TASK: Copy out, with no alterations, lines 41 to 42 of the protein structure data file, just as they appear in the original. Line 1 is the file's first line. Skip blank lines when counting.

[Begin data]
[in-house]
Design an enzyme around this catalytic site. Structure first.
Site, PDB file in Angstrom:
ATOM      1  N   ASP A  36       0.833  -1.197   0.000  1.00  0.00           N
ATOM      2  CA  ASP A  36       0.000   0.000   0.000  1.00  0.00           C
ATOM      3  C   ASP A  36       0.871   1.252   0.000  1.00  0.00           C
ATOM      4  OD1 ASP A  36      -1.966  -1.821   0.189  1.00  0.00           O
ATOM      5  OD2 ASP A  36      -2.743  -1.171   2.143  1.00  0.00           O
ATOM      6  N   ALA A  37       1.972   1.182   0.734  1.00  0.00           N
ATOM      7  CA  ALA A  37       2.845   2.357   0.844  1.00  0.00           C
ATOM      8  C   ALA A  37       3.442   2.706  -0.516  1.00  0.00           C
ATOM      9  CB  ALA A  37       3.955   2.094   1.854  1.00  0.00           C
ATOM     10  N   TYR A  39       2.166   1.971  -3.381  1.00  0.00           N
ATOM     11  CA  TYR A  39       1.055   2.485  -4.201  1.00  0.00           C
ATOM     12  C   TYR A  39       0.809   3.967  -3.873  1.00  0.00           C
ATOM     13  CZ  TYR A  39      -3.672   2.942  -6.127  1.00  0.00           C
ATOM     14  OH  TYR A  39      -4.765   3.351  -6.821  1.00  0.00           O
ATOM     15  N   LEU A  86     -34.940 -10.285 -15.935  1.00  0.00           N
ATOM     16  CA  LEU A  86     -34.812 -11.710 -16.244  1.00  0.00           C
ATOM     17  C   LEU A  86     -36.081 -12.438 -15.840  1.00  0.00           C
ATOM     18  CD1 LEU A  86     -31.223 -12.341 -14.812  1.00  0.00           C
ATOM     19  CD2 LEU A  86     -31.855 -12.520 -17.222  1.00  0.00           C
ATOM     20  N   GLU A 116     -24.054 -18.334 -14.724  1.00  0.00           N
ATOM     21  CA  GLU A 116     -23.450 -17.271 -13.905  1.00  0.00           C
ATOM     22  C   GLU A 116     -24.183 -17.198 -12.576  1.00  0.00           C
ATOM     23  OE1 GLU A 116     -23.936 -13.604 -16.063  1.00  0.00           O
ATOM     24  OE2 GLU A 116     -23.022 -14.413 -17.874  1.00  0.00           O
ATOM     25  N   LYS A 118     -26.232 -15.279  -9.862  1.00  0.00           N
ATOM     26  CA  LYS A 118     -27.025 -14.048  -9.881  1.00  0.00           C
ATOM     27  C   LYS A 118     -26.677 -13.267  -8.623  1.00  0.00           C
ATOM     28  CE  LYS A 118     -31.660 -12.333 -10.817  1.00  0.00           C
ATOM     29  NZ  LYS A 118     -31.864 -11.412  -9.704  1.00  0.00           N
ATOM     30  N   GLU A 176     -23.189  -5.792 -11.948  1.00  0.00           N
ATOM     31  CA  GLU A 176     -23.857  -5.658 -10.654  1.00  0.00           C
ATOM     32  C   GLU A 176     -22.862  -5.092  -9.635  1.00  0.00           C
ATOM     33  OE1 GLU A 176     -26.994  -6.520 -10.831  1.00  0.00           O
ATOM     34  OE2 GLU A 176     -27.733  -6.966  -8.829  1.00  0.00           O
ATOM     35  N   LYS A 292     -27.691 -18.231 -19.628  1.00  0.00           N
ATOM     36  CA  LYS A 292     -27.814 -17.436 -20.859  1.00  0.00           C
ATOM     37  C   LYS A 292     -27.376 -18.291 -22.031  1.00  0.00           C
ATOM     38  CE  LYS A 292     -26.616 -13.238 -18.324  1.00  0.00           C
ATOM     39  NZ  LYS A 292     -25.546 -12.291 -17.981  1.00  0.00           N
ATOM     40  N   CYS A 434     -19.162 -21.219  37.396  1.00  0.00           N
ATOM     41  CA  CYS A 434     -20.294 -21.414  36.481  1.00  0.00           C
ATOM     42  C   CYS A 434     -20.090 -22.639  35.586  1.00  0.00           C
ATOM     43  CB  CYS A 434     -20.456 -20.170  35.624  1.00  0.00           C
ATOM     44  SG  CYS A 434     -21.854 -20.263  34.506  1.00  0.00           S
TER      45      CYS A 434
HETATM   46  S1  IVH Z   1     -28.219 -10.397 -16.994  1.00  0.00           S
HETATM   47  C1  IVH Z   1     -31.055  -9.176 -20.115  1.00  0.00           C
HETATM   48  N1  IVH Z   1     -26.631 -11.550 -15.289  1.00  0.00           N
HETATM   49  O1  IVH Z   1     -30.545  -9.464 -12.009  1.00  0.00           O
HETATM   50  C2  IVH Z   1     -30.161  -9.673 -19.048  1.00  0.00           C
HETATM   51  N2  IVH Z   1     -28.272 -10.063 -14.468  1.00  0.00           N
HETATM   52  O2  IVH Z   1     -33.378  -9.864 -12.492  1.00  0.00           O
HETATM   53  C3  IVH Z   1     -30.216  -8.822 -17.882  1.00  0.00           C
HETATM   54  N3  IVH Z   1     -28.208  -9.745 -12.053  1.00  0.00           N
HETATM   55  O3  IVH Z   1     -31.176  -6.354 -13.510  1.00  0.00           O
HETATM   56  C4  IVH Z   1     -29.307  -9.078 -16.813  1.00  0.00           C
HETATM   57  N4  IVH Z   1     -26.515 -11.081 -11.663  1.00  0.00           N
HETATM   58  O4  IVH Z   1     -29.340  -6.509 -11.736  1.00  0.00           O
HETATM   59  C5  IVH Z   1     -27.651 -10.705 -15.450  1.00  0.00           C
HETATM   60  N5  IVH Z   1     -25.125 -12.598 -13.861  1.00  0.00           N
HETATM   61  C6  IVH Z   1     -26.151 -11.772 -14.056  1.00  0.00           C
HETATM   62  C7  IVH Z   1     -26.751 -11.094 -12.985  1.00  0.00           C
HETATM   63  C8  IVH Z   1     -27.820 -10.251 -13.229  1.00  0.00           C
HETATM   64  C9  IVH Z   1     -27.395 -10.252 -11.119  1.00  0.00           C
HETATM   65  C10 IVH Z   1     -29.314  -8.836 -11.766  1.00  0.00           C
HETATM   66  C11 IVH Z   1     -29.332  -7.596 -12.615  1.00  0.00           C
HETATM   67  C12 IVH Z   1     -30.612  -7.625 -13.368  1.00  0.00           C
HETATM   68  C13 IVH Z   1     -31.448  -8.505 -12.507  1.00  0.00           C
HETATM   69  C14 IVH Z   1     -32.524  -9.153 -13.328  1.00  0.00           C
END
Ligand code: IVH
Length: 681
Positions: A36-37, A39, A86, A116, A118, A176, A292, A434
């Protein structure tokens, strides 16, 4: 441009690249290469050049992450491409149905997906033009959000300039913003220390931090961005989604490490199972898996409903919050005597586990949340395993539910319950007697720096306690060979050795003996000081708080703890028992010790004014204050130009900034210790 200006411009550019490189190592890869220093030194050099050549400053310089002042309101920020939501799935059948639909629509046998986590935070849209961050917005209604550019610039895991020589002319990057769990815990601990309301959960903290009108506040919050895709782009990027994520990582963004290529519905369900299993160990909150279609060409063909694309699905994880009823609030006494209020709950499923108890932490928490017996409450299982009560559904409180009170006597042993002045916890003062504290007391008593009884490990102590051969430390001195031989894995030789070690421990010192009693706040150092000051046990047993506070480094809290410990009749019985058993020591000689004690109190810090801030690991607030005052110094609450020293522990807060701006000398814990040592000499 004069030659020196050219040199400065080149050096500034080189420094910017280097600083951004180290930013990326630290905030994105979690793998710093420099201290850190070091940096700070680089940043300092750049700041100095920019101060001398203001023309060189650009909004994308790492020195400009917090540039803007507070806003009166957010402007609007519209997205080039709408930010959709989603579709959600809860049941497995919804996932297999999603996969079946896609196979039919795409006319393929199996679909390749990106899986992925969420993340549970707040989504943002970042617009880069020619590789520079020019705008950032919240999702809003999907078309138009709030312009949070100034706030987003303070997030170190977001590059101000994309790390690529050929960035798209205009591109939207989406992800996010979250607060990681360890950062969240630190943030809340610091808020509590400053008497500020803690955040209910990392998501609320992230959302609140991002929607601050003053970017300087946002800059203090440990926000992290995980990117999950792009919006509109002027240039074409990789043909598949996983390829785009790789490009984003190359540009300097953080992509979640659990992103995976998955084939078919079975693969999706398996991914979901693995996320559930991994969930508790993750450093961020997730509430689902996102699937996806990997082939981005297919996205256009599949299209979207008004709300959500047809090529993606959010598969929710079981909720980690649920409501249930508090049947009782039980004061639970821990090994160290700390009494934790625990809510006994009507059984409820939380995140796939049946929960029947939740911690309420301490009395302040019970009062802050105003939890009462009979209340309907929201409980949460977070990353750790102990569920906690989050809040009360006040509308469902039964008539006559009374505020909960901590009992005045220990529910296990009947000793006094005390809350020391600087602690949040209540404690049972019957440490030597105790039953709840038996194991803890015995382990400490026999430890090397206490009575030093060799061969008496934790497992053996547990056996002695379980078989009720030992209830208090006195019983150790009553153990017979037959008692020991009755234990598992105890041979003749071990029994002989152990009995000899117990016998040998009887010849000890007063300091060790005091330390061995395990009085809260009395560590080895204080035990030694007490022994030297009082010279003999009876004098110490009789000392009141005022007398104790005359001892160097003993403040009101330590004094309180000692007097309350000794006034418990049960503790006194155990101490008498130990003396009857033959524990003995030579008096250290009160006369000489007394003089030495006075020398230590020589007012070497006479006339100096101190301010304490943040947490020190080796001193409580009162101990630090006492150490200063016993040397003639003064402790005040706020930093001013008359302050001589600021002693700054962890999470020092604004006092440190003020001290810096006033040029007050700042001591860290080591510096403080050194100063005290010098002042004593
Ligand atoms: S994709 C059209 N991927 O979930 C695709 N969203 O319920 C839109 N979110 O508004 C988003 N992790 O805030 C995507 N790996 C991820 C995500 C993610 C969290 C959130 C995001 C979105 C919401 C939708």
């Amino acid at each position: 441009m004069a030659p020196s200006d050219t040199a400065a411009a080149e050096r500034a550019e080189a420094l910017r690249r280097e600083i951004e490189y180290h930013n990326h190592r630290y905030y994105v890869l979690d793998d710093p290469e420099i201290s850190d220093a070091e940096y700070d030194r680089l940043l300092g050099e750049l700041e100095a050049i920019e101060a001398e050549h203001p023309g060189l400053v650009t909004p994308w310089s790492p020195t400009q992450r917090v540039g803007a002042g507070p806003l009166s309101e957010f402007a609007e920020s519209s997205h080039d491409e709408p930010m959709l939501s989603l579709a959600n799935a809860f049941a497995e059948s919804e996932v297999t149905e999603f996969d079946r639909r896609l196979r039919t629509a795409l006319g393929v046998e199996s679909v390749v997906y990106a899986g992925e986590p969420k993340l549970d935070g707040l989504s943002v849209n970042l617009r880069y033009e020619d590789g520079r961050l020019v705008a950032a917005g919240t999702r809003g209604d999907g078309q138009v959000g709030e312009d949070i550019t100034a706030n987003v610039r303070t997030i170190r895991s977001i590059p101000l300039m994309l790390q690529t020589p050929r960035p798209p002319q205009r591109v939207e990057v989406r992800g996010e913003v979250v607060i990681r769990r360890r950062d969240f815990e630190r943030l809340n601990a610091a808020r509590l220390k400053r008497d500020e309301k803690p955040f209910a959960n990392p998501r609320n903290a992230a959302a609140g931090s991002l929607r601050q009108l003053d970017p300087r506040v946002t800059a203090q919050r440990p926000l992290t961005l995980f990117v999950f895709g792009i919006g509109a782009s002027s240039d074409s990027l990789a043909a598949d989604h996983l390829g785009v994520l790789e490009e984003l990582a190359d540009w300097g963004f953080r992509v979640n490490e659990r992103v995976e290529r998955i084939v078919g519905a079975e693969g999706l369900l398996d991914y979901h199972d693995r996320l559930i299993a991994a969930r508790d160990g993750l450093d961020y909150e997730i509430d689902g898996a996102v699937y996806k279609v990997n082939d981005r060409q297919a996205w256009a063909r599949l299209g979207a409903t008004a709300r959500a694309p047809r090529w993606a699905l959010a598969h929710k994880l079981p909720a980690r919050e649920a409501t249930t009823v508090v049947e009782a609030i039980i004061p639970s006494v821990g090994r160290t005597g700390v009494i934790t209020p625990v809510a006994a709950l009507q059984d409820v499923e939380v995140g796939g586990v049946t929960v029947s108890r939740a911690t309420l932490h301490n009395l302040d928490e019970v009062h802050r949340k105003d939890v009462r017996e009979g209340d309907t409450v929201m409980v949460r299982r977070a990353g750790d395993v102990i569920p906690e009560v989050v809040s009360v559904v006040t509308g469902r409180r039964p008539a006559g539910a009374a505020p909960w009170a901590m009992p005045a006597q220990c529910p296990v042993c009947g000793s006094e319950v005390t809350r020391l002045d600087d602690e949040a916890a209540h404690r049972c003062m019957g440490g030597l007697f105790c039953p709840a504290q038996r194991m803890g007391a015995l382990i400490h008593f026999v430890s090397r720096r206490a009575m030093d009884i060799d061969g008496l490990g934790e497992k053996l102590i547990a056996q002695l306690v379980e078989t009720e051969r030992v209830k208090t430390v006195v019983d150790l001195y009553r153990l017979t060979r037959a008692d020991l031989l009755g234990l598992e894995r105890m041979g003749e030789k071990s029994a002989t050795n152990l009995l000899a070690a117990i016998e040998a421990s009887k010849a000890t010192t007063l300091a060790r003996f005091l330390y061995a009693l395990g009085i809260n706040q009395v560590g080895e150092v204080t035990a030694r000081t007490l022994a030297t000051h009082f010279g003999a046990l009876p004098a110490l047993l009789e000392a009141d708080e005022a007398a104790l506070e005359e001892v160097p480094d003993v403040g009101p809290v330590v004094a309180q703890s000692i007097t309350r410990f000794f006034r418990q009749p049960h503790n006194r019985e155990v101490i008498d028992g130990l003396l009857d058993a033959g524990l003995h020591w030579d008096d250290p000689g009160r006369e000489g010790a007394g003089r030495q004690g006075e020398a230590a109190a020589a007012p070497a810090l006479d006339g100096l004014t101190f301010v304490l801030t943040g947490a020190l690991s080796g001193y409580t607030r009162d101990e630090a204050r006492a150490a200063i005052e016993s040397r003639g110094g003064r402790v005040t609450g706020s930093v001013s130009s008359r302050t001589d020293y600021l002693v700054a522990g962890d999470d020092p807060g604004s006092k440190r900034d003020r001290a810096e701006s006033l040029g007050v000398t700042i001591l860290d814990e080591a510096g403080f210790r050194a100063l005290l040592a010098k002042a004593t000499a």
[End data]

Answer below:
ATOM     38  CE  LYS A 292     -26.616 -13.238 -18.324  1.00  0.00           C
ATOM     39  NZ  LYS A 292     -25.546 -12.291 -17.981  1.00  0.00           N